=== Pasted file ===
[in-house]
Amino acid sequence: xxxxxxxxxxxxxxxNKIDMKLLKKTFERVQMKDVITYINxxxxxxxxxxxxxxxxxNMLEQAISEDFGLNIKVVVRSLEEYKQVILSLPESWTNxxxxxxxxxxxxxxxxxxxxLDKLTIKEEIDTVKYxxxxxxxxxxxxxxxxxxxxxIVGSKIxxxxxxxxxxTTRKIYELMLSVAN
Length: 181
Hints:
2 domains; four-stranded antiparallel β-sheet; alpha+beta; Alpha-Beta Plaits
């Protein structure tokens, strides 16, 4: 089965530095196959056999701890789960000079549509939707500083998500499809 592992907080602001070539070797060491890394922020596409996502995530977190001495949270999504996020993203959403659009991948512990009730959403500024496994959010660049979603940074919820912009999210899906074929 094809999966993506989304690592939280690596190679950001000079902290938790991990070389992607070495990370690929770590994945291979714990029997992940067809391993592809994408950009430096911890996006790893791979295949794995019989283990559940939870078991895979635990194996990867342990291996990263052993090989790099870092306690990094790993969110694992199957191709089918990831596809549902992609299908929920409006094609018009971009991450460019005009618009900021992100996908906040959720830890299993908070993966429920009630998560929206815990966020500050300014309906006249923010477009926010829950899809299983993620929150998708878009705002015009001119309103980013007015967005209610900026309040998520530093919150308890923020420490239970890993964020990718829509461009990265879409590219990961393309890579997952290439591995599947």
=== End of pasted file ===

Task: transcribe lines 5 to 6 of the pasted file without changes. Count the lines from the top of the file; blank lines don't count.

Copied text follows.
2 domains; four-stranded antiparallel β-sheet; alpha+beta; Alpha-Beta Plaits
């Protein structure tokens, strides 16, 4: 089965530095196959056999701890789960000079549509939707500083998500499809 592992907080602001070539070797060491890394922020596409996502995530977190001495949270999504996020993203959403659009991948512990009730959403500024496994959010660049979603940074919820912009999210899906074929 094809999966993506989304690592939280690596190679950001000079902290938790991990070389992607070495990370690929770590994945291979714990029997992940067809391993592809994408950009430096911890996006790893791979295949794995019989283990559940939870078991895979635990194996990867342990291996990263052993090989790099870092306690990094790993969110694992199957191709089918990831596809549902992609299908929920409006094609018009971009991450460019005009618009900021992100996908906040959720830890299993908070993966429920009630998560929206815990966020500050300014309906006249923010477009926010829950899809299983993620929150998708878009705002015009001119309103980013007015967005209610900026309040998520530093919150308890923020420490239970890993964020990718829509461009990265879409590219990961393309890579997952290439591995599947």